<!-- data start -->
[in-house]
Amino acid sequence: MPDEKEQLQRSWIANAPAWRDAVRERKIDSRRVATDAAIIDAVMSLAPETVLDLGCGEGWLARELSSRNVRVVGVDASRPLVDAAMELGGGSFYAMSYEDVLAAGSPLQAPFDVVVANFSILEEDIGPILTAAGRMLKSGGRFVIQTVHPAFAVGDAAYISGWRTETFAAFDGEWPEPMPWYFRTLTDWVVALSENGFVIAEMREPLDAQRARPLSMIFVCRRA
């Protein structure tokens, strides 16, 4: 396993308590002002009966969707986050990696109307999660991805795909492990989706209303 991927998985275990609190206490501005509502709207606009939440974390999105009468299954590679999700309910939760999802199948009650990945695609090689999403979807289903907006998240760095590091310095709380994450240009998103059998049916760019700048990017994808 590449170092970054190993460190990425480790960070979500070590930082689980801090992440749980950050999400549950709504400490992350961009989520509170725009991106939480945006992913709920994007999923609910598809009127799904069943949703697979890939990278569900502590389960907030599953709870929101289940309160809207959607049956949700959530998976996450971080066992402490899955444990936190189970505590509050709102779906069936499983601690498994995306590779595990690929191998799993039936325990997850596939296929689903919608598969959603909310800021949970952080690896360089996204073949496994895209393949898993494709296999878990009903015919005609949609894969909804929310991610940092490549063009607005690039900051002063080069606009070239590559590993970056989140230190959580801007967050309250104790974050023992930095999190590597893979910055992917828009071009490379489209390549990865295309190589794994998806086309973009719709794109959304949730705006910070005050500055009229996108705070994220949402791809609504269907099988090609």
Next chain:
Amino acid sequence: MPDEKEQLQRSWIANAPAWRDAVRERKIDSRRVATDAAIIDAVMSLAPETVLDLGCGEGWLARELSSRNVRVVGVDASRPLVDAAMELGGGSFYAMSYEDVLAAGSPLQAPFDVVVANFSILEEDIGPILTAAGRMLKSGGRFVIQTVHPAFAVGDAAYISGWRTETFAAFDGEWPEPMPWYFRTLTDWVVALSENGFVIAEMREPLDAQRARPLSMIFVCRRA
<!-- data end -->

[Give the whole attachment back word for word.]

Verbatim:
[in-house]
Amino acid sequence: MPDEKEQLQRSWIANAPAWRDAVRERKIDSRRVATDAAIIDAVMSLAPETVLDLGCGEGWLARELSSRNVRVVGVDASRPLVDAAMELGGGSFYAMSYEDVLAAGSPLQAPFDVVVANFSILEEDIGPILTAAGRMLKSGGRFVIQTVHPAFAVGDAAYISGWRTETFAAFDGEWPEPMPWYFRTLTDWVVALSENGFVIAEMREPLDAQRARPLSMIFVCRRA
């Protein structure tokens, strides 16, 4: 396993308590002002009966969707986050990696109307999660991805795909492990989706209303 991927998985275990609190206490501005509502709207606009939440974390999105009468299954590679999700309910939760999802199948009650990945695609090689999403979807289903907006998240760095590091310095709380994450240009998103059998049916760019700048990017994808 590449170092970054190993460190990425480790960070979500070590930082689980801090992440749980950050999400549950709504400490992350961009989520509170725009991106939480945006992913709920994007999923609910598809009127799904069943949703697979890939990278569900502590389960907030599953709870929101289940309160809207959607049956949700959530998976996450971080066992402490899955444990936190189970505590509050709102779906069936499983601690498994995306590779595990690929191998799993039936325990997850596939296929689903919608598969959603909310800021949970952080690896360089996204073949496994895209393949898993494709296999878990009903015919005609949609894969909804929310991610940092490549063009607005690039900051002063080069606009070239590559590993970056989140230190959580801007967050309250104790974050023992930095999190590597893979910055992917828009071009490379489209390549990865295309190589794994998806086309973009719709794109959304949730705006910070005050500055009229996108705070994220949402791809609504269907099988090609």
Next chain:
Amino acid sequence: MPDEKEQLQRSWIANAPAWRDAVRERKIDSRRVATDAAIIDAVMSLAPETVLDLGCGEGWLARELSSRNVRVVGVDASRPLVDAAMELGGGSFYAMSYEDVLAAGSPLQAPFDVVVANFSILEEDIGPILTAAGRMLKSGGRFVIQTVHPAFAVGDAAYISGWRTETFAAFDGEWPEPMPWYFRTLTDWVVALSENGFVIAEMREPLDAQRARPLSMIFVCRRA